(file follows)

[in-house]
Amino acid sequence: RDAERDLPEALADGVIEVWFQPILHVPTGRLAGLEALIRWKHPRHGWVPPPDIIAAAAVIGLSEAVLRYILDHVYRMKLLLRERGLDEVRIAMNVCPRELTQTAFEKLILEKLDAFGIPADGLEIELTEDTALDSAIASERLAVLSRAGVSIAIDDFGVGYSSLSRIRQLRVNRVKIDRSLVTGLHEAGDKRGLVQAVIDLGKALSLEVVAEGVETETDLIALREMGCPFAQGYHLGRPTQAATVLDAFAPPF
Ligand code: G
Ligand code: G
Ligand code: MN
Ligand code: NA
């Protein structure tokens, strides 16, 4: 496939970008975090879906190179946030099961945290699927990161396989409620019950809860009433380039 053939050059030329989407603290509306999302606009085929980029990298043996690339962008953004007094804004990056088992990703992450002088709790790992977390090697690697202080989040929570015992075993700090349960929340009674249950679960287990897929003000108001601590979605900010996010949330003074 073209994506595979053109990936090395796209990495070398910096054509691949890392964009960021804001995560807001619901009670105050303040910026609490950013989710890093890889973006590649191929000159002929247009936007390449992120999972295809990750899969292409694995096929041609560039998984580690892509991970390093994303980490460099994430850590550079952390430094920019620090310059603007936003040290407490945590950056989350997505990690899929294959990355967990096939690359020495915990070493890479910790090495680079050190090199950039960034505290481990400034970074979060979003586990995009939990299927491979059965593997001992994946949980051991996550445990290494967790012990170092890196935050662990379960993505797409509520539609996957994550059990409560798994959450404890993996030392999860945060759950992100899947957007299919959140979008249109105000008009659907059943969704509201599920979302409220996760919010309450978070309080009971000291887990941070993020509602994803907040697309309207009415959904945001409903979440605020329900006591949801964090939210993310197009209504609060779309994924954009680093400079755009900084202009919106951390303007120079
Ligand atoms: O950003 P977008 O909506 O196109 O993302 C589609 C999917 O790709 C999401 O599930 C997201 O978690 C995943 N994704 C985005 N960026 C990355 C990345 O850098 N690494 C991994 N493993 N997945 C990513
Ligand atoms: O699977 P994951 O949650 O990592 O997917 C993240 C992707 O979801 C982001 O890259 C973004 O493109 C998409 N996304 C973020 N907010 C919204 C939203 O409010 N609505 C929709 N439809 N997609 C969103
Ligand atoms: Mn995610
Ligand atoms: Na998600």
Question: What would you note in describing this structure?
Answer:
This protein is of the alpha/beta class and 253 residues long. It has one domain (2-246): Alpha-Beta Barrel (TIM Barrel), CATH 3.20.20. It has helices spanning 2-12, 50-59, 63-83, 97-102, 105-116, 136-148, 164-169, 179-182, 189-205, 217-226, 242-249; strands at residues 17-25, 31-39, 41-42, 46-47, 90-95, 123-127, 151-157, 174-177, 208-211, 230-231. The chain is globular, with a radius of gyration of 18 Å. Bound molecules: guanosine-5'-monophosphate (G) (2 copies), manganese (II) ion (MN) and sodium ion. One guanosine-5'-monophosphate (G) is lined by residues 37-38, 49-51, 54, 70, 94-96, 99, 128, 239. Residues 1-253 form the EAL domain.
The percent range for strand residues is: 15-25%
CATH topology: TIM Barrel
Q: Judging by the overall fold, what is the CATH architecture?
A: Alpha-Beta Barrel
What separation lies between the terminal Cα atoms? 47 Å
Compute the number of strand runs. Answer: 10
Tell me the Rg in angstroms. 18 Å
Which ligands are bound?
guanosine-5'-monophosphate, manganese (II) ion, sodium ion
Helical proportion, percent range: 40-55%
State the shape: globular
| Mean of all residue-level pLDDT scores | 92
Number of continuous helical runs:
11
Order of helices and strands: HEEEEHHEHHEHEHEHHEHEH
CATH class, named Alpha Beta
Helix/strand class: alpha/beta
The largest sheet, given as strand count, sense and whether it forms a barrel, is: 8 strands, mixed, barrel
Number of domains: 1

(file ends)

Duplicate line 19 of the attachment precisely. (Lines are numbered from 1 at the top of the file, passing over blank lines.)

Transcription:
What separation lies between the terminal Cα atoms? 47 Å